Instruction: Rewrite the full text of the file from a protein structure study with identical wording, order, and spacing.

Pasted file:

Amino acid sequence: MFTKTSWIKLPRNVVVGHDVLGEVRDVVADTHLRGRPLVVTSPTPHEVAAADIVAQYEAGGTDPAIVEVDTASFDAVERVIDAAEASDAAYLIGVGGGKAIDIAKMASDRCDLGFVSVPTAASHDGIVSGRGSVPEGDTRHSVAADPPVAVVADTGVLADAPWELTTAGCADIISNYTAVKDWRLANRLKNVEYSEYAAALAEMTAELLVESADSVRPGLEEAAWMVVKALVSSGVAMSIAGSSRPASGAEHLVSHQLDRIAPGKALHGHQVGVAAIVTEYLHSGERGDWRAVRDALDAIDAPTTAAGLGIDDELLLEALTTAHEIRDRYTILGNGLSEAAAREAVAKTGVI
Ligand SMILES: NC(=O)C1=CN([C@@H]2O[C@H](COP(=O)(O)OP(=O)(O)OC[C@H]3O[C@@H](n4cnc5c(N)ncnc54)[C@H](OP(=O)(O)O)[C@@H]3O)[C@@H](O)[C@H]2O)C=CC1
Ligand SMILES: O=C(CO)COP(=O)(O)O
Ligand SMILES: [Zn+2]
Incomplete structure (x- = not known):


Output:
Amino acid sequence: MFTKTSWIKLPRNVVVGHDVLGEVRDVVADTHLRGRPLVVTSPTPHEVAAADIVAQYEAGGTDPAIVEVDTASFDAVERVIDAAEASDAAYLIGVGGGKAIDIAKMASDRCDLGFVSVPTAASHDGIVSGRGSVPEGDTRHSVAADPPVAVVADTGVLADAPWELTTAGCADIISNYTAVKDWRLANRLKNVEYSEYAAALAEMTAELLVESADSVRPGLEEAAWMVVKALVSSGVAMSIAGSSRPASGAEHLVSHQLDRIAPGKALHGHQVGVAAIVTEYLHSGERGDWRAVRDALDAIDAPTTAAGLGIDDELLLEALTTAHEIRDRYTILGNGLSEAAAREAVAKTGVI
Ligand SMILES: NC(=O)C1=CN([C@@H]2O[C@H](COP(=O)(O)OP(=O)(O)OC[C@H]3O[C@@H](n4cnc5c(N)ncnc54)[C@H](OP(=O)(O)O)[C@@H]3O)[C@@H](O)[C@H]2O)C=CC1
Ligand SMILES: O=C(CO)COP(=O)(O)O
Ligand SMILES: [Zn+2]
Incomplete structure (x- = not known):